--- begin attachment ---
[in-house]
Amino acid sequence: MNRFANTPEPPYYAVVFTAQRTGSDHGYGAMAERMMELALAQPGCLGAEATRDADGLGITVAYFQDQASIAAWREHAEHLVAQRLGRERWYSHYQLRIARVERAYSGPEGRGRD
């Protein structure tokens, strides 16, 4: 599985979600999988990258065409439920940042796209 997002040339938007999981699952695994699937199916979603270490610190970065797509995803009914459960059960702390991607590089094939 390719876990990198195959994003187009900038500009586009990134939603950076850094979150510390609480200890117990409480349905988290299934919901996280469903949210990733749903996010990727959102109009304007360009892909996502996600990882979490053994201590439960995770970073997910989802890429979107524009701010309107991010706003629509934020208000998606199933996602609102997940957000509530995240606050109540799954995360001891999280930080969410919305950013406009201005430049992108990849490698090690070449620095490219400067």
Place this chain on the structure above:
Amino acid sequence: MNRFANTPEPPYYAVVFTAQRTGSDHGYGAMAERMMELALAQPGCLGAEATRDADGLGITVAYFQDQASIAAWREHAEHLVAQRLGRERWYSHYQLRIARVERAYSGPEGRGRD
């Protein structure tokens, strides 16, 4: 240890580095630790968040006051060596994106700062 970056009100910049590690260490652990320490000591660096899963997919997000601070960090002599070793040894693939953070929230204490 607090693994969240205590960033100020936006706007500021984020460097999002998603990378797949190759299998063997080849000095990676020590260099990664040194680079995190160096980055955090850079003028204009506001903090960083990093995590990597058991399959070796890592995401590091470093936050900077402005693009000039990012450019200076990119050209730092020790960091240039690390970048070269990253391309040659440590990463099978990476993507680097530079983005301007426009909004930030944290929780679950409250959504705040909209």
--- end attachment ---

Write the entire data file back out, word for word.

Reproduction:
[in-house]
Amino acid sequence: MNRFANTPEPPYYAVVFTAQRTGSDHGYGAMAERMMELALAQPGCLGAEATRDADGLGITVAYFQDQASIAAWREHAEHLVAQRLGRERWYSHYQLRIARVERAYSGPEGRGRD
């Protein structure tokens, strides 16, 4: 599985979600999988990258065409439920940042796209 997002040339938007999981699952695994699937199916979603270490610190970065797509995803009914459960059960702390991607590089094939 390719876990990198195959994003187009900038500009586009990134939603950076850094979150510390609480200890117990409480349905988290299934919901996280469903949210990733749903996010990727959102109009304007360009892909996502996600990882979490053994201590439960995770970073997910989802890429979107524009701010309107991010706003629509934020208000998606199933996602609102997940957000509530995240606050109540799954995360001891999280930080969410919305950013406009201005430049992108990849490698090690070449620095490219400067």
Place this chain on the structure above:
Amino acid sequence: MNRFANTPEPPYYAVVFTAQRTGSDHGYGAMAERMMELALAQPGCLGAEATRDADGLGITVAYFQDQASIAAWREHAEHLVAQRLGRERWYSHYQLRIARVERAYSGPEGRGRD
């Protein structure tokens, strides 16, 4: 240890580095630790968040006051060596994106700062 970056009100910049590690260490652990320490000591660096899963997919997000601070960090002599070793040894693939953070929230204490 607090693994969240205590960033100020936006706007500021984020460097999002998603990378797949190759299998063997080849000095990676020590260099990664040194680079995190160096980055955090850079003028204009506001903090960083990093995590990597058991399959070796890592995401590091470093936050900077402005693009000039990012450019200076990119050209730092020790960091240039690390970048070269990253391309040659440590990463099978990476993507680097530079983005301007426009909004930030944290929780679950409250959504705040909209």